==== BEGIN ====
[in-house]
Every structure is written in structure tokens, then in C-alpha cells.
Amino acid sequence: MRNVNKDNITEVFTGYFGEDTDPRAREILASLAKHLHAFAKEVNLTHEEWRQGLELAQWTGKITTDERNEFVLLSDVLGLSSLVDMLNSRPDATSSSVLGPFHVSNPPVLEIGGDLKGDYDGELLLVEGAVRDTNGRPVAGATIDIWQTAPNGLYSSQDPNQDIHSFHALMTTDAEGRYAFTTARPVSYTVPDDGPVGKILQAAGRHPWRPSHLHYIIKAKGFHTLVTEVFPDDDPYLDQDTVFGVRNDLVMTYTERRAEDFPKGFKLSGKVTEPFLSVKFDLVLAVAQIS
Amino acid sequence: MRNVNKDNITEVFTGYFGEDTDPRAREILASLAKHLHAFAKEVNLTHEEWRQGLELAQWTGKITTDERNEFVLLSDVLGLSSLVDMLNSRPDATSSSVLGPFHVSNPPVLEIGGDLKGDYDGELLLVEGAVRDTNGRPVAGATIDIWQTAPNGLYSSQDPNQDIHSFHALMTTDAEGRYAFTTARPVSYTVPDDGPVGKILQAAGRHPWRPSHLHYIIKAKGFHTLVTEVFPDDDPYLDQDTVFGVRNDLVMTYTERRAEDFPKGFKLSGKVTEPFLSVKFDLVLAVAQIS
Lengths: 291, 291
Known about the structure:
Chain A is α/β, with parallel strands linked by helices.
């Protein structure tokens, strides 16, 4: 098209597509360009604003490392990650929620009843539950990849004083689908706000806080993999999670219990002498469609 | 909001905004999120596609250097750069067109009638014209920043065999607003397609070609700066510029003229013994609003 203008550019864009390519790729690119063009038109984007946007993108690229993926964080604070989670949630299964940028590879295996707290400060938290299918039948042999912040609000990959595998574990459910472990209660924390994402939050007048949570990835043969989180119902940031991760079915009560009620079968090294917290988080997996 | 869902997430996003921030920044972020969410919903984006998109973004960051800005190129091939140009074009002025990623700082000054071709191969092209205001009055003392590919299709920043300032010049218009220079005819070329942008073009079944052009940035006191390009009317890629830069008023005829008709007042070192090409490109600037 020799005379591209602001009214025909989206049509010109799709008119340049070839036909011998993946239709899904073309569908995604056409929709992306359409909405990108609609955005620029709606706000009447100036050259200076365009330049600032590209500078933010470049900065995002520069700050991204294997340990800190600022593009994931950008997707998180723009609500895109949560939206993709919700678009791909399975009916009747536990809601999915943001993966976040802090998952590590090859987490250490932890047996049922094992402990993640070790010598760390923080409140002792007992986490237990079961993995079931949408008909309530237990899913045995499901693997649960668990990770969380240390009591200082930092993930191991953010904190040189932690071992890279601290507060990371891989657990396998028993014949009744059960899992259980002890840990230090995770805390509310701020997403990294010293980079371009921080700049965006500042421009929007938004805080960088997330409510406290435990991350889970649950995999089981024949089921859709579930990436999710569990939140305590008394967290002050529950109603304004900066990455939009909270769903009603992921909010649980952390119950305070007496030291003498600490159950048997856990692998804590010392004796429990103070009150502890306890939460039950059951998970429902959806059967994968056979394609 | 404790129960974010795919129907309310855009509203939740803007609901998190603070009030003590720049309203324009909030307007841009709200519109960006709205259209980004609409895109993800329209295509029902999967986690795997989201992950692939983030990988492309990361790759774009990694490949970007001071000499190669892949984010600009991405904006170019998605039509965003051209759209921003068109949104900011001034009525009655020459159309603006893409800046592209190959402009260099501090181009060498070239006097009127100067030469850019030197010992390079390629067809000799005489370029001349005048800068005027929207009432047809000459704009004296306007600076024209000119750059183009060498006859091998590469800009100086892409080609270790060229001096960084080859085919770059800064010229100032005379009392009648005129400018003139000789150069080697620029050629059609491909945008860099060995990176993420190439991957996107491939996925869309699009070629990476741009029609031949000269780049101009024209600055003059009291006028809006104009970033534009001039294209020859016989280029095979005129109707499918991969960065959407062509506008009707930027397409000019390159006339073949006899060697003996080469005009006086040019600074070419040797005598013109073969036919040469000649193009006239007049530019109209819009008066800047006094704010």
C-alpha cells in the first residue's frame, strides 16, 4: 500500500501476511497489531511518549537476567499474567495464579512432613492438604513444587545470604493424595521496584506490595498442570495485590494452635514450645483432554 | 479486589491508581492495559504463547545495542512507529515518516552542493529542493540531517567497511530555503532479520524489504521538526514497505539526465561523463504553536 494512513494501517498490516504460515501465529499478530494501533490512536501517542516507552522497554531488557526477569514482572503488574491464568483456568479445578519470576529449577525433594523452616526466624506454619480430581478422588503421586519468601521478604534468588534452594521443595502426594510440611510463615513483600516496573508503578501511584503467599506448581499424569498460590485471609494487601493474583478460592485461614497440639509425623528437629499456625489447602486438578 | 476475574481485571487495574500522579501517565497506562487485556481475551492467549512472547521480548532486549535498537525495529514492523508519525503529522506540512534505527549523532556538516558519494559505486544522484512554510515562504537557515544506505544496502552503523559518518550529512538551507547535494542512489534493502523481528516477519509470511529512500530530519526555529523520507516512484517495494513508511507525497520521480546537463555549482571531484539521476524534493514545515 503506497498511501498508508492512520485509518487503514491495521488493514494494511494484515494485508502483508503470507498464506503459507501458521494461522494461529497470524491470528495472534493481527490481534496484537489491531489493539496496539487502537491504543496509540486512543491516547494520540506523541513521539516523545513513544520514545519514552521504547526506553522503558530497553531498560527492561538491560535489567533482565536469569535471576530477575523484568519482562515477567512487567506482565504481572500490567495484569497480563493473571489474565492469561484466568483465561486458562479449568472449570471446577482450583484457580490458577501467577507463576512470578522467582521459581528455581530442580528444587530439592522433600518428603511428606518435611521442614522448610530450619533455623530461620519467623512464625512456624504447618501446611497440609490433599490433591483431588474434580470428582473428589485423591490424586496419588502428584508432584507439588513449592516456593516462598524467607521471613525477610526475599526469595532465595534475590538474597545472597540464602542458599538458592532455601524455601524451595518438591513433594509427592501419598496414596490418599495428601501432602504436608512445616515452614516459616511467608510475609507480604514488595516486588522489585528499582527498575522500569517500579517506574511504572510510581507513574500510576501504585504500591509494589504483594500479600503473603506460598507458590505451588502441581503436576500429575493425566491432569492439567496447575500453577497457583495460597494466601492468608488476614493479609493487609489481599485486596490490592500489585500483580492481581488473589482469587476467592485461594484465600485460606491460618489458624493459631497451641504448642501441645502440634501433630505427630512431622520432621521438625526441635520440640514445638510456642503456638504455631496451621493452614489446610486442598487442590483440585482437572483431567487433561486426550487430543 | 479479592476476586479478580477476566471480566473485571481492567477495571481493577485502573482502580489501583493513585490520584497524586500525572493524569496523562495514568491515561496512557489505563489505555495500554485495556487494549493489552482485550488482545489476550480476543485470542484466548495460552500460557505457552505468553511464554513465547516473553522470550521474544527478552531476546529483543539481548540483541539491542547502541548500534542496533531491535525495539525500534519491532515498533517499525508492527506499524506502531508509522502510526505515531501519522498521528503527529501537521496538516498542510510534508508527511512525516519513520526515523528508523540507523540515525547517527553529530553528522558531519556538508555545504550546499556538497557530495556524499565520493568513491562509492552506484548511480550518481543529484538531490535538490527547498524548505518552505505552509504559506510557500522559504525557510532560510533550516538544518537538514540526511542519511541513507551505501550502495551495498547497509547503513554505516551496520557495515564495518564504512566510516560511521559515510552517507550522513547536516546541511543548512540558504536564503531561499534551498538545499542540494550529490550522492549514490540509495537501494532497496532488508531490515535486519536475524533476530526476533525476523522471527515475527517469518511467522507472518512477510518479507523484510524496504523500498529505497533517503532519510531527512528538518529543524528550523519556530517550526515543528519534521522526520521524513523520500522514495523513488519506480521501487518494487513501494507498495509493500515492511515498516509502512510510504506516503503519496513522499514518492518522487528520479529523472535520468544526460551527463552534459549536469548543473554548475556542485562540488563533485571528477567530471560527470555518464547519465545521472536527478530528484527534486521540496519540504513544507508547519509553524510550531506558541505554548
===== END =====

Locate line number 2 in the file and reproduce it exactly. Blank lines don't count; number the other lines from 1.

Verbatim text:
Every structure is written in structure tokens, then in C-alpha cells.